I wonder what people expect? Remove the bodies at any expense? At what risk to those doing the recovery? Only remove those bodies of families that want them removed?

        Not all bodies are recovered from all disasters. People who have drowned are often not found. Bodies on mountains are sometimes left in inaccessible places.

        • McFlock 16.2.3.1

          Like Erebus? oh, wait…

        • Colonial Viper 16.2.3.2

          OMG PG is such a sad sack apologist. He’s not even asking for all the feasibility studies and investigations conducted of potential body recovery operations to be released to the families.

          Why is that information not being released to the families?

    • mike e 16.3

      puerile git making excuses again

      • Pete George 16.3.1

        Do you think we shouldn’t bother about the facts? I’ll condemn if the facts show that’s appropriate, but I don’t know what are the facts, and I don’t know what is PM spin, nor critical spin.

    • This is all I can find on it so far:

      Shortly after the tragic coal mine explosions last year, he visited the miners’ families in Greymouth. They told him their main focus was to retrieve their loved ones from the mine and Key apparently assured them the government would do everything possible to achieve that.

      Months later, early in the new year, Key effectively scuppered their hopes, saying he thought the mine would be sealed even though, he acknowledged, that was a decision for the receivers.

      “The government was fully committed to doing everything we could to making sure the bodies were removed and that full closure could be achieved for those families but that’s just not possible and it’s not an issue of money or time or commitment,” he said at the time.

      http://www.stuff.co.nz/dominion-post/comment/columnists/john-hartevelt/5680326/PMs-Pike-River-response-a-rare-error-of-judgement

      That seems to fit with what I remember. The “promise” was never recorded. The only reports of what he said were as heard and repeated by family who were at the meeting. That can’t be relied on as accurate, they could have intepreted to fit with what they desperately wanted.

      • felix 16.4.1

        “I wonder what people expect? Remove the bodies at any expense?”

        If he said “anything possible” then yes. Because it’s possible, and he said it. If said “anything we can budget for without dislodging our other priorities” I’d give you a different answer, but no-one’s suggesting he said that.

        Essentially there are two possibilities:

        1. He didn’t really say “anything possible”, but people thought he did.

        2. He did say it.

        Assuming for a moment that he did say “the govt would do anything possible” to retrieve the bodies, then there are broadly speaking two possible responses.

        Mine is that he absolutely has to do it. Because it is possible, and he said he would, to a bunch of grieving families.

        Yours, if I understand you correctly, is that he doesn’t really have to because we should expect him to be bullshitting a bit, and we’re a bit silly if we don’t think he’s bullshitting a bit.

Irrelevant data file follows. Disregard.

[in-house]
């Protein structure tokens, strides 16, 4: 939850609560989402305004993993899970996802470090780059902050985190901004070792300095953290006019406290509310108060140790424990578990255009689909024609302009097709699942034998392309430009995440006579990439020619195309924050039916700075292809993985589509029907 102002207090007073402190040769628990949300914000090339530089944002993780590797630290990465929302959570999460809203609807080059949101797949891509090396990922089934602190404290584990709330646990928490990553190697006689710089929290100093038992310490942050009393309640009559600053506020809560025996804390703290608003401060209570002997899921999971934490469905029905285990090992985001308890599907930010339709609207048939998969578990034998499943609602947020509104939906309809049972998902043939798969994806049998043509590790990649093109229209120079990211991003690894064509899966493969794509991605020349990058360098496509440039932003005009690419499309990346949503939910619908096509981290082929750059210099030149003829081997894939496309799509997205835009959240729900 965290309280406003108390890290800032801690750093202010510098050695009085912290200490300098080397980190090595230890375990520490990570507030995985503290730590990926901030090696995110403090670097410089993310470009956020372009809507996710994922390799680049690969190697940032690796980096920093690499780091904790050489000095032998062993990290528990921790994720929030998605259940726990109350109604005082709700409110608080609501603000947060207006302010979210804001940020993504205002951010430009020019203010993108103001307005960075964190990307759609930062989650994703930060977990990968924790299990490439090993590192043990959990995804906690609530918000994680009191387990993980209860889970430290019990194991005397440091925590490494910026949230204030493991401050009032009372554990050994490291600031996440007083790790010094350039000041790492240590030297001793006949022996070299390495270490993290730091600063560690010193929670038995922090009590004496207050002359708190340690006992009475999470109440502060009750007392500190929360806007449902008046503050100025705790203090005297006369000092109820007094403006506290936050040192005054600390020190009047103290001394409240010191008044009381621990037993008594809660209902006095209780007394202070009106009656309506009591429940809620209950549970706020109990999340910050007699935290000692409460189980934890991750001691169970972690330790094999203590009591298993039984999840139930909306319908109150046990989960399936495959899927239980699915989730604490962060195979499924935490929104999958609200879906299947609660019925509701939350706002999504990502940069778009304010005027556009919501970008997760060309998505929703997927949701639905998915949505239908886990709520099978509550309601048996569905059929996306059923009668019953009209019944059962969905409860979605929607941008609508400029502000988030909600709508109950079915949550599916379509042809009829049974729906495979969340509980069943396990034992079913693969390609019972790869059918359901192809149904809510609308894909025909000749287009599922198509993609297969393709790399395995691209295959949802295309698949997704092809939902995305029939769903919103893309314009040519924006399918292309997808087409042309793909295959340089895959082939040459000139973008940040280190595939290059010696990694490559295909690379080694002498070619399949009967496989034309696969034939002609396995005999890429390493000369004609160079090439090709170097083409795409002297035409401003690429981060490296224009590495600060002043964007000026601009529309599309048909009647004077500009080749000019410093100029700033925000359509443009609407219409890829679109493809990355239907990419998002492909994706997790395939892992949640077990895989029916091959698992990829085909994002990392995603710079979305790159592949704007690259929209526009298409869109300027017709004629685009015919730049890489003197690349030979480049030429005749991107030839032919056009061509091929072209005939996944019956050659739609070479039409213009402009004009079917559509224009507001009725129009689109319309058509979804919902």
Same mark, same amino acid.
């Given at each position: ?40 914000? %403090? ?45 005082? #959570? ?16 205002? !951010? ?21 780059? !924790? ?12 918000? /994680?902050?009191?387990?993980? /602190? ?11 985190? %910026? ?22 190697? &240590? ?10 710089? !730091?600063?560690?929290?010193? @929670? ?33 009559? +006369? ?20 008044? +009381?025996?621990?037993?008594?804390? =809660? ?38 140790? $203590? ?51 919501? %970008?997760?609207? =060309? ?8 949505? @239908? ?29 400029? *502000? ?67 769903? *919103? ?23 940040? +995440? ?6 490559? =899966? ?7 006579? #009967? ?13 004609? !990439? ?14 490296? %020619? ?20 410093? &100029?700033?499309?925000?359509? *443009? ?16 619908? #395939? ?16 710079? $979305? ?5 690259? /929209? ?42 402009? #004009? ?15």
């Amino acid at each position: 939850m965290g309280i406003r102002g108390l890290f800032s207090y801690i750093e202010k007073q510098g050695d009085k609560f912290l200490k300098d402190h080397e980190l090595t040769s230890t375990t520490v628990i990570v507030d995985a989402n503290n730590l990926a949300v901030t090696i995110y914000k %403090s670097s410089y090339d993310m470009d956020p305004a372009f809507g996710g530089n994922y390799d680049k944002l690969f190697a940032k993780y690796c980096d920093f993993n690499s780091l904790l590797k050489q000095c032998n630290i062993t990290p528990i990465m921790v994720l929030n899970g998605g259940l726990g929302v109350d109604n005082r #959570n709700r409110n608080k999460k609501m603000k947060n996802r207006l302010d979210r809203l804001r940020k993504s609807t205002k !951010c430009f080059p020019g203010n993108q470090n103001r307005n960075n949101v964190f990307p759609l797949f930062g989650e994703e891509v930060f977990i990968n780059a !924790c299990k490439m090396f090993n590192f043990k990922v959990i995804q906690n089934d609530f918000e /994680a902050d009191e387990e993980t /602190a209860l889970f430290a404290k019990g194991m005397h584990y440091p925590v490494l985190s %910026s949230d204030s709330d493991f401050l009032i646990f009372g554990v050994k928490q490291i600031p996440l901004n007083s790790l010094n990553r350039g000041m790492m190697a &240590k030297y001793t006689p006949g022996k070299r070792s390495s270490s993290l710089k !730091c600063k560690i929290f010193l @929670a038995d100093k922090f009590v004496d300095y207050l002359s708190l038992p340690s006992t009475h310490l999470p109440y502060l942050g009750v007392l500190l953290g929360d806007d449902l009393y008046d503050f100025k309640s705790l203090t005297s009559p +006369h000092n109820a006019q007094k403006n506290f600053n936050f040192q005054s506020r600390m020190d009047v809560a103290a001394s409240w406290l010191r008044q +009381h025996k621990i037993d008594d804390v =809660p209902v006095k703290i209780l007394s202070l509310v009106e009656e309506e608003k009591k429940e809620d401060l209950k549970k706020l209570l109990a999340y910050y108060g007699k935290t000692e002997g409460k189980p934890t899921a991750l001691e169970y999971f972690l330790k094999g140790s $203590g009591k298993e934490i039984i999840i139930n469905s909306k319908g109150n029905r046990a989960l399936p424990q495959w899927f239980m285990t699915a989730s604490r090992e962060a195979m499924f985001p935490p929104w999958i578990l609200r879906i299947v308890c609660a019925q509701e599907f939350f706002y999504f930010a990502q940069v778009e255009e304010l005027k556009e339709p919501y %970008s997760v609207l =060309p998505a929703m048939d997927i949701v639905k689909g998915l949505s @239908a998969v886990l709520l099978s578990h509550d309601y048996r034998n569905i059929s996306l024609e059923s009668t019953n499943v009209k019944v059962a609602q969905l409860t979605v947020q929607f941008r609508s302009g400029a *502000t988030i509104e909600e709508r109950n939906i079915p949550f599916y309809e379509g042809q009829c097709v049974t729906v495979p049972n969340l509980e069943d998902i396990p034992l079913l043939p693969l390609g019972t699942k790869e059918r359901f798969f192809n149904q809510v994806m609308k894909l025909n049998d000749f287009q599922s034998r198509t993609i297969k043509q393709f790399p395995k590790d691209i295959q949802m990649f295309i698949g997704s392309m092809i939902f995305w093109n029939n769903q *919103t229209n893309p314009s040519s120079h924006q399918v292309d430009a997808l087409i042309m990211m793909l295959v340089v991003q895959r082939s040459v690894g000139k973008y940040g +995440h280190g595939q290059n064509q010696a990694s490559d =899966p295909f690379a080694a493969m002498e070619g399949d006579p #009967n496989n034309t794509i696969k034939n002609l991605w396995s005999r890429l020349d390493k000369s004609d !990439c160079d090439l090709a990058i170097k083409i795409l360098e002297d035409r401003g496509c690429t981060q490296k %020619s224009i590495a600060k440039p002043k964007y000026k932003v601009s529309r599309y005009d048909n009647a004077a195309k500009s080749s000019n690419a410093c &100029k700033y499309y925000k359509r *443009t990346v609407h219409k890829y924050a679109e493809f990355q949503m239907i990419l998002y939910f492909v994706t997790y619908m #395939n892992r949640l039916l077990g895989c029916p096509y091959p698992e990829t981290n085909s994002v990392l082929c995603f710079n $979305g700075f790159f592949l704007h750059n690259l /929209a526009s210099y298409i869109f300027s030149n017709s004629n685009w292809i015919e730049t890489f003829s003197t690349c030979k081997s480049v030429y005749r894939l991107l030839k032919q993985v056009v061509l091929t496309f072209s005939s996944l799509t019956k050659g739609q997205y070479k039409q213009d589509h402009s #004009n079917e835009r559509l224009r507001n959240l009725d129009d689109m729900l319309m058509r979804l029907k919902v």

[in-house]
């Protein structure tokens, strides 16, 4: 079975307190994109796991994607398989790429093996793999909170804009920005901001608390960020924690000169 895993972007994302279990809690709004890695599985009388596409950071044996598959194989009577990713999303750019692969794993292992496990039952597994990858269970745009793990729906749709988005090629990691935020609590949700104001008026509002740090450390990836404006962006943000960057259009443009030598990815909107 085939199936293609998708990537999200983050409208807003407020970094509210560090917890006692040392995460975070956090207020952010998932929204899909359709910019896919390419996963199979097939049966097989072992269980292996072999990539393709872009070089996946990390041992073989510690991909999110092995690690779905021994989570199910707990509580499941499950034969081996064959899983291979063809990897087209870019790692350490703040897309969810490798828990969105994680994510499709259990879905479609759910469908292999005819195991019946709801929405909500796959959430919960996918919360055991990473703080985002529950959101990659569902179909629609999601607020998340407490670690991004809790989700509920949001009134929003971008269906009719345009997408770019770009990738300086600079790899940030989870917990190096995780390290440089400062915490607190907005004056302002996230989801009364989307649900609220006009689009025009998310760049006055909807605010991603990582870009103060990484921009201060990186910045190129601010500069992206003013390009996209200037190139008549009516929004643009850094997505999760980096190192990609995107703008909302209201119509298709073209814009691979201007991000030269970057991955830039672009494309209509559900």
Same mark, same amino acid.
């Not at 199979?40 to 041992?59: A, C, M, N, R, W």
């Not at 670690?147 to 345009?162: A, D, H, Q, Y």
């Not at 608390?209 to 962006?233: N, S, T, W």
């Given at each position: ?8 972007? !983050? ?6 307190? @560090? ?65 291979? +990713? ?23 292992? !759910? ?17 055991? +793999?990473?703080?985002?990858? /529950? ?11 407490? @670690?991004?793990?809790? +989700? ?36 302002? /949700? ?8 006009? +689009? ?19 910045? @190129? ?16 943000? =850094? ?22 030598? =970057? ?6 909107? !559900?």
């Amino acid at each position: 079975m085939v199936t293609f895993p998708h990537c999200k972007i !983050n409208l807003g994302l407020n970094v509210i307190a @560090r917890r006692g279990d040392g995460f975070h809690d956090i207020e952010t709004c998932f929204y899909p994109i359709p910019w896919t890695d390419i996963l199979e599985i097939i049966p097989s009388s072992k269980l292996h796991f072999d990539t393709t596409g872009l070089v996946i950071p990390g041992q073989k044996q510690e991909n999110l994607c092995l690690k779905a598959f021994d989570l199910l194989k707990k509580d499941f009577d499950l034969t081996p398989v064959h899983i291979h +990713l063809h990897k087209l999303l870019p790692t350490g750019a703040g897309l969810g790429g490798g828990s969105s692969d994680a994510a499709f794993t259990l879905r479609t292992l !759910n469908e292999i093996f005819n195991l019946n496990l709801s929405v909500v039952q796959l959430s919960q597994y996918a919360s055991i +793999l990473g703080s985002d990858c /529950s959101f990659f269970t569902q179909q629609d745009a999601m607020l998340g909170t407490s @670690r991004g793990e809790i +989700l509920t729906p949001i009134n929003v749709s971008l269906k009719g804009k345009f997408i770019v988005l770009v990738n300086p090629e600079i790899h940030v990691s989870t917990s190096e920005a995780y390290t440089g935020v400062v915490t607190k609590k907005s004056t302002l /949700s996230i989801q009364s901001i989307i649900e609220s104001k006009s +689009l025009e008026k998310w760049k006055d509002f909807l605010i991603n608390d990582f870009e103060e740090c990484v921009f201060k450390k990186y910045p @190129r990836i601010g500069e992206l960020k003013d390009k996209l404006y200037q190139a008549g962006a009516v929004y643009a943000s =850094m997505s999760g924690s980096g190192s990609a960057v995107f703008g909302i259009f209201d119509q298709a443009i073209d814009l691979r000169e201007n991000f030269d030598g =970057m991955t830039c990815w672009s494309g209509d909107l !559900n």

Essentially (assuming 2, remember) your argument is that he lies, to a bunch of grieving widows, mothers, fathers, brothers, sisters, and kids, and because we’re smart enough to know he’s lying we have to let him get away with it.

        • Pete George 16.4.1.1

          I’m not saying that at all. I don’t know what Key said. I haven’t seen anyone say with any certainty what he said. Unless that can be known, and it may never be possible to be sure, it’s a bit of a pointless argument.

          • felix 16.4.1.1.1

            Yes you are Pete. I don’t know for sure what Key said either but you’re not arguing that he didn’t say “anything possible”, you’re arguing that even if he did, what did people expect?

            Your statement “I wonder what people expect?” doesn’t make sense interpreted any other way.

            At least not as long as we’re presuming that people can expect to believe the PM, that is.

      • Socialist Paddy 16.4.2

        Yeah that is a great defence Pete.  

        The grieving families did not get their lawyers to check out the fecking statements of the Prime Minister to make sure that he did not have any wriggle room.  Therefore the Government can tell the grieving families to flock off.

        The good thing about politics sometimes is that it does not matter what you said, it matters what people think you said.  I hope the people of the West Coast and of New Zealand give the PM the middle finger for being a duplicitous arrogant prick.

        • felix 16.4.2.1

          Bang on Paddy.

          If he made an ambiguous statement to let people hear what they wanted to hear it’s even more damning, not less.

          • Pete George 16.4.2.1.1

            There’s a lot of “ifs” and no substantiable facts.

            It’s quite possible some of the people at the meeting would tend to hear what they wanted to hear no matter how precisely he worded it. That’s very common.